Although a court cannot issue a blanket order enjoining any violation of the
Sunshine Law on a showing that it was violated in particular respects, a court may
enjoin a future violation that bears some resemblance to the past violation. Port
Everglades Authority v. International Longshoremen’s Association, Local 1922-1, 652
So. 2d 1169, 1173 (Fla. 4th DCA 1995). The future conduct must be “specified, with
such reasonable definiteness and certainty that the defendant could readily know what it must refrain from doing without speculation and conjecture.” Id., quoting from Board of Public Instruction v. Doran, 224 So. 2d 693, 699 (Fla. 1969).
6. Validity of action taken in violation of the Sunshine Law and
subsequent corrective action
Section 286.011, Florida Statutes, provides that no resolution, rule, regulation or
formal action shall be considered binding except as taken or made at an open meeting. “Therefore, where officials have violated section 286.011, the official action is void ab initio.” Sarasota Citizens for Responsible Government v. City of Sarasota, 48 So. 3d 755, 762 (Fla. 2010). And see, Town of Palm Beach v. Gradison, 296 So. 2d 473 (Fla. 1974); Blackford v. School Board of Orange County, 375 So. 2d 578 (Fla. 5th DCA 1979) (resolutions made during meetings held in violation of section 286.011, Florida Statutes, had to be re-examined and re-discussed in open public meetings); TSI Southeast, Inc. v. Royals, 588 So. 2d 309 (Fla. 1st DCA 1991) (contract for sale and purchase of real property voided because board failed to properly notice the meeting under section 286.011, Florida Statutes); and Grapski v. City of Alachua, 31 So. 3d 193 (Fla. 1st DCA 2010), review denied, 47 So. 3d 1288 (Fla. 2010) (city could have cured Sunshine Law violation by reconsidering the matter, but did not; accordingly, action taken in violation of the law was void)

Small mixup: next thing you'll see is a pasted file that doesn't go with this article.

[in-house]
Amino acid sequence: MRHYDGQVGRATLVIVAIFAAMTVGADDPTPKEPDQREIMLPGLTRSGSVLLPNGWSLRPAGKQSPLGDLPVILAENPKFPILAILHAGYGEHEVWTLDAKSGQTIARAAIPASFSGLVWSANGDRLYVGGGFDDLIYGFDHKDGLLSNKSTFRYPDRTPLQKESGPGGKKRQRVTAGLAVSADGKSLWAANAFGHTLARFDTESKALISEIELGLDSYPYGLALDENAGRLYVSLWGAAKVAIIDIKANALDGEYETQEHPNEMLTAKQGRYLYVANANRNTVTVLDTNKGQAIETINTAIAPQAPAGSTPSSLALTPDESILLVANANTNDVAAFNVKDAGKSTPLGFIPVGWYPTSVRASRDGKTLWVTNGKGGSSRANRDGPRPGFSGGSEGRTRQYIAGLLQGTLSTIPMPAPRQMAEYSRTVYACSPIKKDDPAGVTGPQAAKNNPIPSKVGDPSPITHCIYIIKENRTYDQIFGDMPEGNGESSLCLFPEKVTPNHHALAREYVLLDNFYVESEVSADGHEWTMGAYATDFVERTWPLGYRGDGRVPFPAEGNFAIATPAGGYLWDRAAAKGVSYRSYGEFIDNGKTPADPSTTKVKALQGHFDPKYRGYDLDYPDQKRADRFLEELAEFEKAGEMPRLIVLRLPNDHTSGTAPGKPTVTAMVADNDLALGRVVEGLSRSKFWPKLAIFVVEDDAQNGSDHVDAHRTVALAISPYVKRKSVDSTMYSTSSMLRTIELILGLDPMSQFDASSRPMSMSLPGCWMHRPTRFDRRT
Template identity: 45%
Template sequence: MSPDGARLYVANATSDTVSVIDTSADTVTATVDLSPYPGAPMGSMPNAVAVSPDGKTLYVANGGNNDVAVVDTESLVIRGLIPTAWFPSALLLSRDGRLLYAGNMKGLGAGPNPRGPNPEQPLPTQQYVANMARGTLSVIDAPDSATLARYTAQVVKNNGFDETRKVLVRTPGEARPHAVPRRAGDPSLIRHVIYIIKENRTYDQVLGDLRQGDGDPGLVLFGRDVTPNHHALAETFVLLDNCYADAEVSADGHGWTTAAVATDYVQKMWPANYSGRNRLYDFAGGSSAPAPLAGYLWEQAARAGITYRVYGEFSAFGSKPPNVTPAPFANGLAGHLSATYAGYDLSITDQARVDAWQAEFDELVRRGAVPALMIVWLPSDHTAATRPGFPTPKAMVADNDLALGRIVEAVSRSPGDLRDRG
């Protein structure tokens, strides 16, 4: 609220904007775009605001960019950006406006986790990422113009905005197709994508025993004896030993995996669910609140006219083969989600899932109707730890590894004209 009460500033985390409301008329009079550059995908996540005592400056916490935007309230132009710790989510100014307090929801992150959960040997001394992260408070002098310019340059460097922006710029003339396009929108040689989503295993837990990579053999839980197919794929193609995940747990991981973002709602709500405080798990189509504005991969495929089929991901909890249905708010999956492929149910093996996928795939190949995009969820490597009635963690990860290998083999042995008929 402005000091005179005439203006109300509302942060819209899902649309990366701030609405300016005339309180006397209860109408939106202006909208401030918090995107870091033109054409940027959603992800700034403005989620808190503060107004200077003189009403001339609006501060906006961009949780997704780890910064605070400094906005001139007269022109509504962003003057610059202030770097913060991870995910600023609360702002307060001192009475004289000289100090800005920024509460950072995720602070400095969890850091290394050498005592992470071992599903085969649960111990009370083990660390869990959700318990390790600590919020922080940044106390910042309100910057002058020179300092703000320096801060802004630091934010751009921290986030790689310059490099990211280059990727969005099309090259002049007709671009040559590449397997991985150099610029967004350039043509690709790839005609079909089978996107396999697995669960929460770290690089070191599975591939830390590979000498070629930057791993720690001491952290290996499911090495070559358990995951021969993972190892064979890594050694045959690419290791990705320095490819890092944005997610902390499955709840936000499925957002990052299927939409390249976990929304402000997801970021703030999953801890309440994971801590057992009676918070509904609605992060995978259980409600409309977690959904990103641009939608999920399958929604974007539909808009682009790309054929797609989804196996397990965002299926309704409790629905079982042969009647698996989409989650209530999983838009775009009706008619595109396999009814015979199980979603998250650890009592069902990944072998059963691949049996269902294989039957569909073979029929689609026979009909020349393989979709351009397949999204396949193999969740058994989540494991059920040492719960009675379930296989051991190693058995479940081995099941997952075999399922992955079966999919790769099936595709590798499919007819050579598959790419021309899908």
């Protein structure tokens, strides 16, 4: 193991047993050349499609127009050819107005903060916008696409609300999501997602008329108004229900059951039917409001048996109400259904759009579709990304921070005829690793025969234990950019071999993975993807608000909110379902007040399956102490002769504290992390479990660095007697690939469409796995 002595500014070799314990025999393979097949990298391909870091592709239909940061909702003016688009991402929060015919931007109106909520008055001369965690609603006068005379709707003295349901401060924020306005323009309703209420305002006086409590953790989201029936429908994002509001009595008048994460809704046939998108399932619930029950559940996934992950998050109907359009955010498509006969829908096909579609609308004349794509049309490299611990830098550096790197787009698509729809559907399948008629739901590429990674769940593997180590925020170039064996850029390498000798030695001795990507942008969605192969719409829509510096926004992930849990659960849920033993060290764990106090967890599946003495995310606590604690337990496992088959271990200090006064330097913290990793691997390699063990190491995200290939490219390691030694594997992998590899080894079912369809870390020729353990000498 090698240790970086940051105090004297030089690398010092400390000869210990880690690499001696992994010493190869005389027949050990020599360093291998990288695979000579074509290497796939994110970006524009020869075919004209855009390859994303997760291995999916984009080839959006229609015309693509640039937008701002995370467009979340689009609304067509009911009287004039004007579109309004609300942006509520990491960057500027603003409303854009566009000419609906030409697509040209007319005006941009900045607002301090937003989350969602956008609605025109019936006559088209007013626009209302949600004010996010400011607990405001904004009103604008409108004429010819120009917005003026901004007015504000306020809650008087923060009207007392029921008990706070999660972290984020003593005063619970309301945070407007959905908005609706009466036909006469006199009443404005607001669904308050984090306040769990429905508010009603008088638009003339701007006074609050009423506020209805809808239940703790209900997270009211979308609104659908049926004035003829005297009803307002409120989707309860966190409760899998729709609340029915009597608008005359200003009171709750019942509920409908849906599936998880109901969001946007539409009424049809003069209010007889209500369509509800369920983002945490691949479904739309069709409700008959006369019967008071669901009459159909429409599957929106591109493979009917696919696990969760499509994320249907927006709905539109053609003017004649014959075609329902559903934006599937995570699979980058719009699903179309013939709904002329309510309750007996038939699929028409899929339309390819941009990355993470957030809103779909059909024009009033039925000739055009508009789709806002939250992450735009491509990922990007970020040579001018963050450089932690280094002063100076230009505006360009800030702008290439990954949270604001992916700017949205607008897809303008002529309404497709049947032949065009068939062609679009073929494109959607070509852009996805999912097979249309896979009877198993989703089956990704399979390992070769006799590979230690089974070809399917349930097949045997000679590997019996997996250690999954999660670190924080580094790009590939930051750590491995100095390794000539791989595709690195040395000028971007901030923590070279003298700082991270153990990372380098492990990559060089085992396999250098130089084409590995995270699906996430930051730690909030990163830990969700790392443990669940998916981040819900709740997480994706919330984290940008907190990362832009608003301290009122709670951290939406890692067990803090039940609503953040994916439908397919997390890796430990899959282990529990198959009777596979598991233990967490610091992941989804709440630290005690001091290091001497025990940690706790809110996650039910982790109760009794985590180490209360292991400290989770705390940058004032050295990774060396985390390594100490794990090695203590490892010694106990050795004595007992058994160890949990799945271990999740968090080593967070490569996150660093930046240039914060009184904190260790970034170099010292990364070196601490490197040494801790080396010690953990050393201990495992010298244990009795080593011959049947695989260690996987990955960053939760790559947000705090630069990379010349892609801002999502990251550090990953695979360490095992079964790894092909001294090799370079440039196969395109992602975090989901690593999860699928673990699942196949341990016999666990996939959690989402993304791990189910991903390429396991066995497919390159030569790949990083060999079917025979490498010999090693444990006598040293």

Where, however, a public board or commission does not merely perfunctorily
ratify or ceremoniously accept at a later open meeting those decisions which were
made at an earlier secret meeting but rather takes “independent final action in the
sunshine,” the decision of the board or commission will not be disturbed. Tolar v.
School Board of Liberty County, 398 So. 2d 427, 429 (Fla. 1981). See, Finch v.
Seminole County School Board, 995 So. 2d 1068, 1073 (Fla. 5th DCA 2008) (school
board remedied inadvertent violation of the Sunshine Law when it subsequently held
full, open and independent public hearings prior to adopting a rezoning plan) and
Sarasota Citizens for Responsible Government v. City of Sarasota, supra (any possible violations that occurred when county commissioners circulated e-mails among each other were cured by subsequent public meetings). Cf., Zorc v. City of Vero Beach, 722 So. 2d 891, 903 (Fla. 4th DCA 1998) (meeting did not cure the Sunshine defect because it was not a “full, open public hearing convened for the purpose of enabling the public to express its views and participate in the decision-making process”); and Bert Fish Foundation v. Southeast Volusia Hospital District, No. 2010-20801-CINS (Fla. 7th Cir. Ct. February 24, 2011) (series of public meetings did not “cure” Sunshine Law 32 violations that resulted from 21 closed door meetings over 16 months; “[t]here was so much darkness for so long, that a giant infusion of sunshine might have been too little or too late”).
Moreover, “even when an illicit action is ‘cured” it does not absolve a public body
of its responsibility for violating the Sunshine Law in the first instance; it simply provides a way to salvage a void act by reconsidering it in Sunshine.” Anderson v. City of St. Pete Beach, 161 So. 3d 548 (Fla. 2d DCA 2014).
7. Damages
“The only remedies available pursuant to the Sunshine Act are a declaration of
the wrongful action as void and reasonable attorney’s fees.” Dascott v. Palm Beach
County, 988 So. 2d 47, 49 (Fla. 4th DCA 2008), review denied, 6 So. 3d 51 (Fla. 2009).
Accordingly, an employee who prevailed in a lawsuit alleging that her termination
violated the Sunshine Law “may not recover the equitable relief of back pay because
money damages are not a remedy provided for by the Act.” Id.